3:00-6:00 p.m. And the best part? They’re free. –Paige Wiren

 

Icy Refresher-
Cold IPA in the Snow                                       

 

Cold IPA

One of my favorite rituals in Utah (or anywhere) is the
first cold beer after a good sweat in the mountains. In the 21st century God
gave us India Pale Ale made with Yakima Hops, and this has become my brew of
choice. One of the best places to sip one is on the bench at the stream
crossing in Mill B South, ideally after scaling the Sundial. Little Cottonwood
Creek after 9 pitches of friction and crack climbing on Tingeys Route at the
Gate Buttress is equally as fine.

One way the ritual can go horribly wrong is when you
stash the coldies in a snowbank for a multi-day spring ski tour, and come back
thirsty only to discover the snowbank has melted. Your now-muddy treasures are
lying in the hot sun, and you are a zero rather than a hero! Unfortunately,
this has happened to me, and neither the client nor the ranger was impressed. –Tyson Bradley

 

Before-Work
Backcountry Ski Shot: Butler Trees on Circle All Peak

Problem: It snowed two feet of light powder in the
Wasatch overnight, but you have to go to work. Solution: Go ski the Butler
Trees on Circle All Peak. This popular backcountry-ski area meets several
criteria that make it the ideal before-work spot for a dawn patrol. The
trailhead isn’t far up Big Cottonwood Canyon, the approach is a short, 1.3-mile
skin to the top of Circle All Peak, and the riding through perfectly-spaces
aspen glades isn’t too shabby. In fact, if you time it right, these protected
slopes will give you safe, over-the-head, blower shots on a deep day. Best of
all, you can ski down the east ridge all the way to your car for a quick,
homerun exit. You’ll get a few sunrise powder runs in and still clock in on
time. Problem solved. –Jared Hargrave

 

Mountain Range
Outside the Wasatch: Tushar Mountains

Tushar Mountains

If you love mountains but live along the Wasatch Front,
you’ve just got to escape “Wasangeles” every now and then. When the need for
solitude and different scenery come calling, I like to drive south to Beaver,
Utah and the Tushar Mountains. These little-known, hardly visited peaks are
big, dramatic, and mostly empty. Backcountry skiing is easily done around
Puffer Lake on City Creek Peak, Mount Holly and Lake Peak, and summer provides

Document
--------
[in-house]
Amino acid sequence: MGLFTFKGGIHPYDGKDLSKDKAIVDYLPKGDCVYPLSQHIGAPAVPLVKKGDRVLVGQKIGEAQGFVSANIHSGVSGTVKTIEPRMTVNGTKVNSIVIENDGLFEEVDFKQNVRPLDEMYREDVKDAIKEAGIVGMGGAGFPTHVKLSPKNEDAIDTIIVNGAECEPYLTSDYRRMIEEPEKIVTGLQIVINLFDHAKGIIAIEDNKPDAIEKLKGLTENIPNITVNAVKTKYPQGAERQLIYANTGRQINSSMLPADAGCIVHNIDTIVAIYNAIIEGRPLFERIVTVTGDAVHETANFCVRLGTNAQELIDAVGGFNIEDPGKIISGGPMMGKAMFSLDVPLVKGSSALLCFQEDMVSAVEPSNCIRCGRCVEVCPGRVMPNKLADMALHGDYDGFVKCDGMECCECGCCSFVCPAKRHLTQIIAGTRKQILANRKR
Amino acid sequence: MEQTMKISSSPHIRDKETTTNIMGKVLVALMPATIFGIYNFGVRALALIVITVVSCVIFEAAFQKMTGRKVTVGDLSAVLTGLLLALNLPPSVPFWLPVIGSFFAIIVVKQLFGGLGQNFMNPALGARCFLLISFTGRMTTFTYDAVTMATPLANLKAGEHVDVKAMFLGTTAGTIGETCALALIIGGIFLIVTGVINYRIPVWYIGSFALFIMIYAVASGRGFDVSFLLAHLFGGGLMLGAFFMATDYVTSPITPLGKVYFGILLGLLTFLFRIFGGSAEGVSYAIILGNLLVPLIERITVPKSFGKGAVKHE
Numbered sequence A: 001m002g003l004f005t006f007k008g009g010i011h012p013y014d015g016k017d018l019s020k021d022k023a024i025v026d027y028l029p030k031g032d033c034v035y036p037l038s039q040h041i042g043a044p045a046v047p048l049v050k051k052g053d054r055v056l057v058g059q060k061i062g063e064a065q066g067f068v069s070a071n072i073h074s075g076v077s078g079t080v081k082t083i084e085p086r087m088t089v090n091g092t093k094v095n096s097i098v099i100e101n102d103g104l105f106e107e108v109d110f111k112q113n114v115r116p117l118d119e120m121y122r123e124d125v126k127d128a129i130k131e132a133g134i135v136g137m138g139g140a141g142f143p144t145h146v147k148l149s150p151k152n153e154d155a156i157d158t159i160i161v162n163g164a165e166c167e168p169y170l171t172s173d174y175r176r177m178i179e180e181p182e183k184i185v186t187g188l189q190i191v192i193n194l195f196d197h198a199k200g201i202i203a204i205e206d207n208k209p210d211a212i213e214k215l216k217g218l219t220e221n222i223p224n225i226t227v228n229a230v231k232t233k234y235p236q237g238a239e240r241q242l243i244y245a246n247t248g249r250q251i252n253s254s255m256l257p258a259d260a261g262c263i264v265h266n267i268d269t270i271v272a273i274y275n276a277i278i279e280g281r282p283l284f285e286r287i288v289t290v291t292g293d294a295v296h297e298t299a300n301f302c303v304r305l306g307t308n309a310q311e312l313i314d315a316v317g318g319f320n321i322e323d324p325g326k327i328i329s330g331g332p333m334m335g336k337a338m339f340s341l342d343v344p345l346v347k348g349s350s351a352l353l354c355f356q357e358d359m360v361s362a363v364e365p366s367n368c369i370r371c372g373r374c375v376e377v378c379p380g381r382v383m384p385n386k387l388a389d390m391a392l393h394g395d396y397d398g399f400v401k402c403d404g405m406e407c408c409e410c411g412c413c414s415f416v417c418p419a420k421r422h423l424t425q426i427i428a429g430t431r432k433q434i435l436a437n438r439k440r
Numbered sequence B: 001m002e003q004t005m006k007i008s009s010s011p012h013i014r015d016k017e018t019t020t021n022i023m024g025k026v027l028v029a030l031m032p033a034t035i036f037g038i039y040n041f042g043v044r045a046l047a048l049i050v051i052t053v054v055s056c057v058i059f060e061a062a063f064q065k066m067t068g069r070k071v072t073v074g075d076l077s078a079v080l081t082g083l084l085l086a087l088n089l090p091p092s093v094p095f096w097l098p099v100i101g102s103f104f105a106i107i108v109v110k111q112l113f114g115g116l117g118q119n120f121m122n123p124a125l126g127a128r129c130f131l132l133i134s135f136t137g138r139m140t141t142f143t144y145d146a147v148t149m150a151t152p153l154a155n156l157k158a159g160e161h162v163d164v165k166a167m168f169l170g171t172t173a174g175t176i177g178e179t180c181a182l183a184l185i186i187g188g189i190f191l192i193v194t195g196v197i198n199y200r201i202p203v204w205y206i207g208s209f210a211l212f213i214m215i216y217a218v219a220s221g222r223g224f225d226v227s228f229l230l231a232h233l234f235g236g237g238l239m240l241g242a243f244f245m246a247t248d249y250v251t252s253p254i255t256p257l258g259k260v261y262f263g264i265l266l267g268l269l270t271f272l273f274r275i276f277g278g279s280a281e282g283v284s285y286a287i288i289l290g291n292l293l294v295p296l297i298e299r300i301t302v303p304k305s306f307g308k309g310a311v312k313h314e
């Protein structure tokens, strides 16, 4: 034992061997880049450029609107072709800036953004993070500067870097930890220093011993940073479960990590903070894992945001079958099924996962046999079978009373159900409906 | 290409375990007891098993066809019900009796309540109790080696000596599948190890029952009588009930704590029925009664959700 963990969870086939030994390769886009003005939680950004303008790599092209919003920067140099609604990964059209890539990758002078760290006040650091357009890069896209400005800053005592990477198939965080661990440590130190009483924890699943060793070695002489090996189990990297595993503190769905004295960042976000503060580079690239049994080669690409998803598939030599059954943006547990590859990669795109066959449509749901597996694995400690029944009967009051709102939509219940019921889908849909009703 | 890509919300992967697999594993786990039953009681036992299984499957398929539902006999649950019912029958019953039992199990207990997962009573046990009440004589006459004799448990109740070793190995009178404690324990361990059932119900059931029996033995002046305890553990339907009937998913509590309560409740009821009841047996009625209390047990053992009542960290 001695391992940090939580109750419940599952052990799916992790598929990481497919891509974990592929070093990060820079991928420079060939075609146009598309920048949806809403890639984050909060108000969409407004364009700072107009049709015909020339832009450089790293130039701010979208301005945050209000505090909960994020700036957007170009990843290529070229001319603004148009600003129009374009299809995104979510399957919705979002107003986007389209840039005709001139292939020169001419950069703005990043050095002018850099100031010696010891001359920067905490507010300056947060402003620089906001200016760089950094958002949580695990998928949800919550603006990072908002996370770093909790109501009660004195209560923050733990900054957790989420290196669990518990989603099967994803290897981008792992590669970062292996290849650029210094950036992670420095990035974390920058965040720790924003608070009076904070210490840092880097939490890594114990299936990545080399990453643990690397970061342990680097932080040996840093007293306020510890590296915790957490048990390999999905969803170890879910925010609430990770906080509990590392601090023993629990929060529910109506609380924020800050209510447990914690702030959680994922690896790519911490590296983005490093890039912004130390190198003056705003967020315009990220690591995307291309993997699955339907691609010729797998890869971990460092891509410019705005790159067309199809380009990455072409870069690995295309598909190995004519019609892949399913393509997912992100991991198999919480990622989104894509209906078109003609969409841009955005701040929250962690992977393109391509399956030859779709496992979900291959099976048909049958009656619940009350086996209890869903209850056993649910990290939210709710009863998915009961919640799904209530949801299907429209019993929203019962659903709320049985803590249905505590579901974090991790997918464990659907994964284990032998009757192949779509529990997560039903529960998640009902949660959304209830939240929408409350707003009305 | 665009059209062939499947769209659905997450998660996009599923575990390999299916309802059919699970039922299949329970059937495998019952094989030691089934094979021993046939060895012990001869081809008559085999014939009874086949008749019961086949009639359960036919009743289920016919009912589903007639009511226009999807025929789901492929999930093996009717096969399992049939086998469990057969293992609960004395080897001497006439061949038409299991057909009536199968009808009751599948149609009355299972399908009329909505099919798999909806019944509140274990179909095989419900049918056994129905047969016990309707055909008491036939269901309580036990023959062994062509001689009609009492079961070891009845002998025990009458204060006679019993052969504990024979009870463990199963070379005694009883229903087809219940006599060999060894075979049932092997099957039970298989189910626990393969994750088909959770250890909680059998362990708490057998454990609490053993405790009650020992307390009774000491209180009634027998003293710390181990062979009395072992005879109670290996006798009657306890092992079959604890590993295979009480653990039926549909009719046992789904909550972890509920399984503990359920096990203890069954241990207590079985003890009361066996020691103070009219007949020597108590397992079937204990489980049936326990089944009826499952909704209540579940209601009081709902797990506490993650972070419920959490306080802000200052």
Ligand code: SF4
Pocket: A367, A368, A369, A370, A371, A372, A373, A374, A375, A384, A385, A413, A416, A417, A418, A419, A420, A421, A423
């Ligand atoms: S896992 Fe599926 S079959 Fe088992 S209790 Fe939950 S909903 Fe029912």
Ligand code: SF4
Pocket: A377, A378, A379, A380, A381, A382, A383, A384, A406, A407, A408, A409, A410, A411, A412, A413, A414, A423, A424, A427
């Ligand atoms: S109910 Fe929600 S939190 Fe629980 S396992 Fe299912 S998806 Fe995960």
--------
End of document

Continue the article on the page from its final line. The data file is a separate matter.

secluded camping and “the-hills-are-alive” hiking among brilliant wildflowers
and herds of mountain goats. ATVs are an annoying constant on dirt roads that
spider web around Big John Flat, but if you meander off the trails and onto a
mountain summit, you’ll feel like the whole range is yours. Bonus: Dogs are
allowed and they love to run wild through the upper meadows.

-Jared Hargrave

 The Zion Traverse

Simply said, backpacking the Zion Traverse is a lifetime
must-do for outdoor lovers who live in Utah. The Zion Traverse is a 50-ish mile
route that connects the northwest part of Zion National Park at Kolob Canyon
with the east entrance of the park via several trails. Get a backcountry
permit, take two to five days out, stop and smell the wildflowers, see all the
sandstone views, enjoy a couple hours off trail when you cross through Zion
Canyon by taking the park bus to Springdale for a burger and ice cream, and
experience Zion National Park in every form and fashion. –Meghan Hicks

 

UltrAspire Packs

If you’re going to run a long way–we’re talking hours or
maybe even days—you’re gonna’ need a good pack to do so, one that’ll carry your
water, food, extra clothing, a flashlight, and whatever else you need to stay
happy and safe. Though there are a number of great running-pack makers out and
about today, the folks of St. George-based UltrAspire design some of the best.
Bryce Thatcher, who lives in St. George and who has been an elite endurance
sports athlete for more than 20 years, created the company. More than a dozen
UltrAspire products now exist that’ll help you get through a couple hours up to
maybe three days on the trail. Day hikers who like to go light will also
appreciate UltrAspire designs.

–Meghan Hicks

 

Conversation
Topic: The Weather

Anywhere else in the country, talking about the weather
is a sign of conversational incompetence. But no matter where you are in Utah,
the weather has without doubt affected your adventures at some point along the
way. Sure, it’s a “safe” topic, but the weather is a major player in the
pursuit of our outdoor journeys. It’s the reason you blew off work for
something more stimulating than a windowless office; it’s the reason you turned
back mid-ascent despite weeks of detailed planning; and it’s the reason for